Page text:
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TORONTO (Reuters) - The Canadian housing market cooled further in the summer, with reports on Monday showing fewer than expected housing starts in July and the smallest year-over-year new-home price increases in six years in June.
Canadian housing starts fell 14.8 percent in July to a seasonally adjusted annualized 186,500 units from 215,900 units in June, Canada Mortgage and Housing Corp. said.
That missed the consensus expectation of analysts for 210,000 starts.
"Falling sales, tighter lending standards, slowing economic activity and declining confidence all point to downward pressure in the coming quarters, though not to the extent that we've seen south of the border," said Robert Kavcic, economist at BMO Capital Markets in a note to clients.
The U.S. housing market has been battered by a crisis that started in its subprime mortgage sector and spread to other sectors of the market and economy. U.S. housing starts in June saw an uptick that was attributed to a change in New York building codes. The month before that, U.S. starts fell to their lowest level since March 1991.
In Canada, much of the decline in new residential construction in July was in the province of Ontario, down 38 percent. Ontario is Canada's manufacturing heartland and has been hit hardest by the slowing U.S. economy.
But there may be more factors at work, said Stewart Hall, markets strategist at HSBC Canada.
"Ontario has experienced its rainiest summer in decades which tends to support the idea that the magnitude of the construction decline may have more to do with weather than (being) entirely economic related," he said.
Urban singles in Canada declined 6.6 percent to 69,800 units in July from 74,700 in June, while the more volatile urban multiples segment fell 20.2 percent to an annual 91,600 units in July from 114,800 in June. Rural starts in July were estimated at an annual 25,100 units from 26,400 in June.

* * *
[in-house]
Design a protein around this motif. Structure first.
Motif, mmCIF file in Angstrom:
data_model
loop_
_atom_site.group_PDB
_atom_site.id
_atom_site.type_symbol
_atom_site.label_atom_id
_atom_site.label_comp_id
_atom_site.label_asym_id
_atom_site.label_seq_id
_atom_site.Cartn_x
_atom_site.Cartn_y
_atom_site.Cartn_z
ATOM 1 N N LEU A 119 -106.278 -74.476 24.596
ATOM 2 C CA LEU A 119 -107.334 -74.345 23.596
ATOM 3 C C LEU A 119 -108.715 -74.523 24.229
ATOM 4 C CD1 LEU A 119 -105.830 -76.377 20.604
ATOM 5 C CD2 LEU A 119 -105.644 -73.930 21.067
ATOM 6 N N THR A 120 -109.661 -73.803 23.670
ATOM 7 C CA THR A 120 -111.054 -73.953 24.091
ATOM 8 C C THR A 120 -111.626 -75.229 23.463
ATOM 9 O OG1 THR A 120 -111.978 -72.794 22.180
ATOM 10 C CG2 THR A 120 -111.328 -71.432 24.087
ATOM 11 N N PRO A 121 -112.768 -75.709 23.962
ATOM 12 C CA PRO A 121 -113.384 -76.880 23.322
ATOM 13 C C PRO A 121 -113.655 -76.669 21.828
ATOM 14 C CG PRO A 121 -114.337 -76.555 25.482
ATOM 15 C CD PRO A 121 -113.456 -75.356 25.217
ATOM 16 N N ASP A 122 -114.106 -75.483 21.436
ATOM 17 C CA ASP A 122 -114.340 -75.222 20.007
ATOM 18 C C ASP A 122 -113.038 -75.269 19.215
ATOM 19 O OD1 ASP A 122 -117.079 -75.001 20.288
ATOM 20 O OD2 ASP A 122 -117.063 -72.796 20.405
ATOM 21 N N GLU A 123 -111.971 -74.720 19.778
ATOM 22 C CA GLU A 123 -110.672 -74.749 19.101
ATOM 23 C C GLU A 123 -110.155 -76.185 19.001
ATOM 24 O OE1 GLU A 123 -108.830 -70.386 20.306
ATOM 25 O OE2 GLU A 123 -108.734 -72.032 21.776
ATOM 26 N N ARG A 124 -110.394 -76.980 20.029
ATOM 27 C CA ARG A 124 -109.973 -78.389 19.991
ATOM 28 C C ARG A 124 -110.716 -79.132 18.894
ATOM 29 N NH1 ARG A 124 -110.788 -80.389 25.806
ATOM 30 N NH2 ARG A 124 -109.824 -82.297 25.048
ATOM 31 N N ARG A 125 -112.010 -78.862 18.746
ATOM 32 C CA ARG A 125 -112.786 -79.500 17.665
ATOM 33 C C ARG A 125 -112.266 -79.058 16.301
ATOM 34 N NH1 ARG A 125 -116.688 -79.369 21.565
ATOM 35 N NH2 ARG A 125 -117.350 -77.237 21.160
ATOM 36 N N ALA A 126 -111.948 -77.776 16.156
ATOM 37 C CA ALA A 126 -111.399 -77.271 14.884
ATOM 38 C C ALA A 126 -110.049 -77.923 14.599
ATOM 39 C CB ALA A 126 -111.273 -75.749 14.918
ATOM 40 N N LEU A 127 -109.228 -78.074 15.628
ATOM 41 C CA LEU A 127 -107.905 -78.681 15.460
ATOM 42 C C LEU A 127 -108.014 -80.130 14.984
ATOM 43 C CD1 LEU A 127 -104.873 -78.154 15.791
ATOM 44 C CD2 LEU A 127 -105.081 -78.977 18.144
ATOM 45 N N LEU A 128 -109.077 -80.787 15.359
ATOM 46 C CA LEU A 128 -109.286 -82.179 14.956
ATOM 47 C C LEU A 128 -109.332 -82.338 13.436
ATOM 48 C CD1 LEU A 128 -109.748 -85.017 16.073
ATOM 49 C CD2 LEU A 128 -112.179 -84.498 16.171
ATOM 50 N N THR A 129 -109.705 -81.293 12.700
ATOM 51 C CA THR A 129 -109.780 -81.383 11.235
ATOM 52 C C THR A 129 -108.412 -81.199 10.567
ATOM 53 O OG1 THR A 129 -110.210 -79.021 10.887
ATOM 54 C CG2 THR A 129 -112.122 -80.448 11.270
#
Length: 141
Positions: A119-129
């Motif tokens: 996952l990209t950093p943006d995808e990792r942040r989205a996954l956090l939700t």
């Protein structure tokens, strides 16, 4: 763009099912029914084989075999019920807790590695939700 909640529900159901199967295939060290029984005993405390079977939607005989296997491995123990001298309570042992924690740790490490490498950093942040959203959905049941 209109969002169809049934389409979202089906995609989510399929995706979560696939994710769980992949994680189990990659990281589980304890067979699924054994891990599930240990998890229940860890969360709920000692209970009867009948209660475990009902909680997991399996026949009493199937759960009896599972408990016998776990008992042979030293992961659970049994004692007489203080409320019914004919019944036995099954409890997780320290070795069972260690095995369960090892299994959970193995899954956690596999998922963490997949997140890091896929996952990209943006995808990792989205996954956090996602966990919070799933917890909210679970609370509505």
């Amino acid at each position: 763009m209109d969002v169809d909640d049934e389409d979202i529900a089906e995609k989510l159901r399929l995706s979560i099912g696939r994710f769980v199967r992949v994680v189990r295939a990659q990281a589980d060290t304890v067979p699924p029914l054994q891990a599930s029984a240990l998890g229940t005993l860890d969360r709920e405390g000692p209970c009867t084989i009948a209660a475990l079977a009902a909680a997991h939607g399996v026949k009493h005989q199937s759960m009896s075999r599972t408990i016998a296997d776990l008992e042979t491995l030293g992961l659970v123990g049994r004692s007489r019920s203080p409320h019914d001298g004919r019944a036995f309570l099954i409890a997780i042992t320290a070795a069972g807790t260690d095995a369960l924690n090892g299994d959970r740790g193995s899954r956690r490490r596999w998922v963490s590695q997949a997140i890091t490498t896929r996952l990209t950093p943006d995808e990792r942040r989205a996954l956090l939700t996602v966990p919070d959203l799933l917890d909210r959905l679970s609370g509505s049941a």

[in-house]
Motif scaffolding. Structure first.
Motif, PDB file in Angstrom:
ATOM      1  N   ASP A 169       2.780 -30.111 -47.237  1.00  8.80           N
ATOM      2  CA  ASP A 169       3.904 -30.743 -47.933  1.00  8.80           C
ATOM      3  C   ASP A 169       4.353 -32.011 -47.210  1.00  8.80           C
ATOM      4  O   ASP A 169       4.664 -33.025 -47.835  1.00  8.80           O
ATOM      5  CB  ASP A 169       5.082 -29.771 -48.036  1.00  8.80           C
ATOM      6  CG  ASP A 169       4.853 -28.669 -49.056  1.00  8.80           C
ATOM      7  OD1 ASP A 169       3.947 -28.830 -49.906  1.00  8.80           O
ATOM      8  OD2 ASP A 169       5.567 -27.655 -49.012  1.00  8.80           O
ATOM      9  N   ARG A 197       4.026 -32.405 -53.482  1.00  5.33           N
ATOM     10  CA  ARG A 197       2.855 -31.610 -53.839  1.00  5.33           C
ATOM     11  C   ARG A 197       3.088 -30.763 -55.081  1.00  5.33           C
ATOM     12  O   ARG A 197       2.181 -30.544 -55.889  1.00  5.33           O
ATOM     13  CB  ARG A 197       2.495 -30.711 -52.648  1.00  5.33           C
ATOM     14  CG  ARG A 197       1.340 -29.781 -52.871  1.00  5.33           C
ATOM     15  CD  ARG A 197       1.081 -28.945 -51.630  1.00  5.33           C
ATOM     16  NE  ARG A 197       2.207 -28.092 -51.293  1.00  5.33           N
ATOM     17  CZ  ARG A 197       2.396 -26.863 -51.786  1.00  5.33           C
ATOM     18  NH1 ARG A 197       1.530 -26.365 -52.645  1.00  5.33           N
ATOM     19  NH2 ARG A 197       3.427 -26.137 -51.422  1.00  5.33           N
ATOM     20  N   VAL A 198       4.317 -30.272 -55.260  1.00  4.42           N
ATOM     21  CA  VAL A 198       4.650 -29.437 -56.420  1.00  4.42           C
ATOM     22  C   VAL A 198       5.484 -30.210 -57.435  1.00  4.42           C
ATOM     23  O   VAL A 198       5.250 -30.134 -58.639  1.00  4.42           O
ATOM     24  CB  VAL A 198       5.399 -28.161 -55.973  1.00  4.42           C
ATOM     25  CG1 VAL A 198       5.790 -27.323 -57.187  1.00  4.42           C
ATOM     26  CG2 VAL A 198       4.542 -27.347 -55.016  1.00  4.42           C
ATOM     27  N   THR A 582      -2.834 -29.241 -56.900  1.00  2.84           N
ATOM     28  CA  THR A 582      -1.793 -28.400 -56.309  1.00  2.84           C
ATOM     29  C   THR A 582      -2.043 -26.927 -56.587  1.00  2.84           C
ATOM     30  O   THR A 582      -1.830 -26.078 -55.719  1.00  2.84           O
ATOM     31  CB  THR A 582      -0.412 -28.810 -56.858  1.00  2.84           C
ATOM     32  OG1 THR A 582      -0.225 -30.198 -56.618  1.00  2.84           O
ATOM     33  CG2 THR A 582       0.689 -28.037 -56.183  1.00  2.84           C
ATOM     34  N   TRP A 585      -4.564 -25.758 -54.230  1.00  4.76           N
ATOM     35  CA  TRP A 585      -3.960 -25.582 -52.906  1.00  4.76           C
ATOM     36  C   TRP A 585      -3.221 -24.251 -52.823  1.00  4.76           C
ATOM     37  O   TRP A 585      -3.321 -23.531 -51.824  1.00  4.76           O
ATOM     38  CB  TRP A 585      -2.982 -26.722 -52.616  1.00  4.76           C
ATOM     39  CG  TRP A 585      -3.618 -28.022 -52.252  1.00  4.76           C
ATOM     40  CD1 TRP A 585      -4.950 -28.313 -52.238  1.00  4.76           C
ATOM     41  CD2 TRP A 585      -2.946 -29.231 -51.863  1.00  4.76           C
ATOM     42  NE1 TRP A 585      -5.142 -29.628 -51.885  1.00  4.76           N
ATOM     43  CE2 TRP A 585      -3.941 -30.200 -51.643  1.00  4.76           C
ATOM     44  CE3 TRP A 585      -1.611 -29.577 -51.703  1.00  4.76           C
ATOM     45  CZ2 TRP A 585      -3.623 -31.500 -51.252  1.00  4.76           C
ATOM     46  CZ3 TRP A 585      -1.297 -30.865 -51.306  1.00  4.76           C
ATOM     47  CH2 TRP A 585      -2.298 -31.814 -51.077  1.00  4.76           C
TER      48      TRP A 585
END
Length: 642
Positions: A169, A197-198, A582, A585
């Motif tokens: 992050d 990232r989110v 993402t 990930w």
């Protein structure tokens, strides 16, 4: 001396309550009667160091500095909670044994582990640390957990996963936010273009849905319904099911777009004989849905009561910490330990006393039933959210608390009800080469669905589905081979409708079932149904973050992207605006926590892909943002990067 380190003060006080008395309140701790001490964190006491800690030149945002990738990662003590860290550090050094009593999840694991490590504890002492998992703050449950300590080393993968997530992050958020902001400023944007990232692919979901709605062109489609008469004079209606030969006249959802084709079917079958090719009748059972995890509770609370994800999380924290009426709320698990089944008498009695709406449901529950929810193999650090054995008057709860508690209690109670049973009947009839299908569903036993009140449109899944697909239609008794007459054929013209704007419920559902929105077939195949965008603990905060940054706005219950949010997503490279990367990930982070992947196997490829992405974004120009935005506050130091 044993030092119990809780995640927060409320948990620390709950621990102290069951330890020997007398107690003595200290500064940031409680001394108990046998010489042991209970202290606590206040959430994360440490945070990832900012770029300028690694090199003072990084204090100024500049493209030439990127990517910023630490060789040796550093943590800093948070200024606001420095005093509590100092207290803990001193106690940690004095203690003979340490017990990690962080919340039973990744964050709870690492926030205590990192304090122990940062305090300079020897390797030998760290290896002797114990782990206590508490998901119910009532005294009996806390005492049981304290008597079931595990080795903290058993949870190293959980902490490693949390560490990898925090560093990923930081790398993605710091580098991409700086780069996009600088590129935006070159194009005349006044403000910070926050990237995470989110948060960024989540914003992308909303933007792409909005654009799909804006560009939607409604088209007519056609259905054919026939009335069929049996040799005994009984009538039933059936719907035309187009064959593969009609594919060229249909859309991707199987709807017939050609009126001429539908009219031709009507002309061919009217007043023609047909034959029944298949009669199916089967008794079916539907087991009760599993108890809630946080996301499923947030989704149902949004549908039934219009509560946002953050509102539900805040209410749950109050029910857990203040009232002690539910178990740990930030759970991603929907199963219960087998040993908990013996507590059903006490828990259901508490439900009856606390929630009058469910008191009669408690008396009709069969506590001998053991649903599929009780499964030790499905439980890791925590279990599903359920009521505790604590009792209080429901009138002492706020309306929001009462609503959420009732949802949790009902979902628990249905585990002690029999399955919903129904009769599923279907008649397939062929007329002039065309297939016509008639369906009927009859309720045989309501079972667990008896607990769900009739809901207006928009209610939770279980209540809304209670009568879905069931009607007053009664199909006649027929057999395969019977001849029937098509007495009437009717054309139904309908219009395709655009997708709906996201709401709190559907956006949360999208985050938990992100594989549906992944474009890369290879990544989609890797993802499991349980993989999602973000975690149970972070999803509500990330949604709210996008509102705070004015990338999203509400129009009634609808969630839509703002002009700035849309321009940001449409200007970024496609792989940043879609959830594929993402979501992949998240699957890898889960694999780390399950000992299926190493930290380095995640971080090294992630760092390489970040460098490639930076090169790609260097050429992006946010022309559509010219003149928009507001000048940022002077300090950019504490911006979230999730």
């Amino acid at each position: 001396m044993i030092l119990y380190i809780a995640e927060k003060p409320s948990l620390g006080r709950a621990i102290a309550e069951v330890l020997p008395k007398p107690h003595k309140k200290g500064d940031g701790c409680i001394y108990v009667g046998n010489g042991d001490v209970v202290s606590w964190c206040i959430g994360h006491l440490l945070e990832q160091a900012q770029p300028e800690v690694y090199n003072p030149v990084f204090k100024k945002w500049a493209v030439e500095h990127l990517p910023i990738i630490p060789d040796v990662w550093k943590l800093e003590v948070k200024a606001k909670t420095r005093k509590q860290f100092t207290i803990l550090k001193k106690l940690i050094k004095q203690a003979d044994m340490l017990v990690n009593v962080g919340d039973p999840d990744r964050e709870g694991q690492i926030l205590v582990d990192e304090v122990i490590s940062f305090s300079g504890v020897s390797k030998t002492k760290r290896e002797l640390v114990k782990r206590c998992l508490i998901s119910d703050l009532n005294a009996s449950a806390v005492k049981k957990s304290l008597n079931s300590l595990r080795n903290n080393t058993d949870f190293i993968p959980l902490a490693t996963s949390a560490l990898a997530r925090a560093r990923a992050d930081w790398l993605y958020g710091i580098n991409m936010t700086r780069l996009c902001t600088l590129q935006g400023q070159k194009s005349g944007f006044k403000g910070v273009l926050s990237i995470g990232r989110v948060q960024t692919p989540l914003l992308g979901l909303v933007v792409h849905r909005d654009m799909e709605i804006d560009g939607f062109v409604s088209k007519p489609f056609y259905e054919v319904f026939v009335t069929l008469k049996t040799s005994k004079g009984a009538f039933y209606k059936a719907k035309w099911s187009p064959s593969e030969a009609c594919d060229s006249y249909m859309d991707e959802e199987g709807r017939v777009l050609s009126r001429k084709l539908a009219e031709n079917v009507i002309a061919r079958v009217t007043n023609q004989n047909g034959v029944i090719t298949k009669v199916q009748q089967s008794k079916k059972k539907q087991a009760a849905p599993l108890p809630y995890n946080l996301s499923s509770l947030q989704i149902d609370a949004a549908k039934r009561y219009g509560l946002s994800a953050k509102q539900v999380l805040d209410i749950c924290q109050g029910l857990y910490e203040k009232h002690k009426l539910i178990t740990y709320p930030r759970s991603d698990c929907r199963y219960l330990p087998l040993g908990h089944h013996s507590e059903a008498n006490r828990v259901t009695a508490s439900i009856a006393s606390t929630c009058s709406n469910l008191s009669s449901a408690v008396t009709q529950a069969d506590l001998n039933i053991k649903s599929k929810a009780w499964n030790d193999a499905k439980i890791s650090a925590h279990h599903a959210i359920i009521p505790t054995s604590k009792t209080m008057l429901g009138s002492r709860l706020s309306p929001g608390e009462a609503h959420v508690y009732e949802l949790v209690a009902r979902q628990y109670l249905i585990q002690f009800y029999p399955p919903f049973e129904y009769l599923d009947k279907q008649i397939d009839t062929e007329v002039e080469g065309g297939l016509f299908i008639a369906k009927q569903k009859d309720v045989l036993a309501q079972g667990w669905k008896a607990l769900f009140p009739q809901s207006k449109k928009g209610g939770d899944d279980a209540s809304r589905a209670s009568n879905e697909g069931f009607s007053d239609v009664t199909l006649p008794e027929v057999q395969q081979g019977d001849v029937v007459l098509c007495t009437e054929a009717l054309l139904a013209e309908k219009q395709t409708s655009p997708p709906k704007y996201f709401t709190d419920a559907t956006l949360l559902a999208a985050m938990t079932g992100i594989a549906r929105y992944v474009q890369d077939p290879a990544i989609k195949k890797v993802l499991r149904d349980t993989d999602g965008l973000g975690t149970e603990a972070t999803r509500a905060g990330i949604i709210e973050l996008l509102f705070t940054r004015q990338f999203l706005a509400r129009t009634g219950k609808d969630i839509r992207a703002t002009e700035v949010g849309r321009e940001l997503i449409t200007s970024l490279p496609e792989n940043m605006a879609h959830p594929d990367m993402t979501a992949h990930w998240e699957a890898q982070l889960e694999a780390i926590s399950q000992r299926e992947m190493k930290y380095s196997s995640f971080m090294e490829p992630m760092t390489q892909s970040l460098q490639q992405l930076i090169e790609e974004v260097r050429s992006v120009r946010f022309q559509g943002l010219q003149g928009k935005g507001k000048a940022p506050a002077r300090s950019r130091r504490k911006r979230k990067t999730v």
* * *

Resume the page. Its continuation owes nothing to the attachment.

The CMHC is forecasting over 200,000 housing starts in Canada in 2008, which would mark the seventh consecutive year above that level.
In a separate report, Statistics Canada said the price of new homes climbed 0.1 percent in June from May and 3.5 percent from June 2007, the slowest pace in six years due to softening markets in Western Canada.
The monthly gain was in line with analysts' median forecast in a Reuters poll and followed two months of unchanged prices.
The tamer data may help the Bank of Canada keep inflation in check even as consumers continue to be hit by high gasoline and food prices.
The average selling price of new homes had increased 4.1 percent year-on-year in May.
But with overheated housing markets in Western Canadian cities such as Saskatoon, Edmonton and Alberta cooling, June's national year-on-year price increase is the smallest since March 2002, when prices rose 3.4 percent.
Homebuyers in Regina faced the biggest price hike, with a 28.5 percent increase in June from a year earlier. St. John's, Newfoundland registered the second-largest increase at 22.2 percent, overtaking Saskatoon.
Additional reporting by Louise Egan in Ottawa; Editing by Bernadette Baum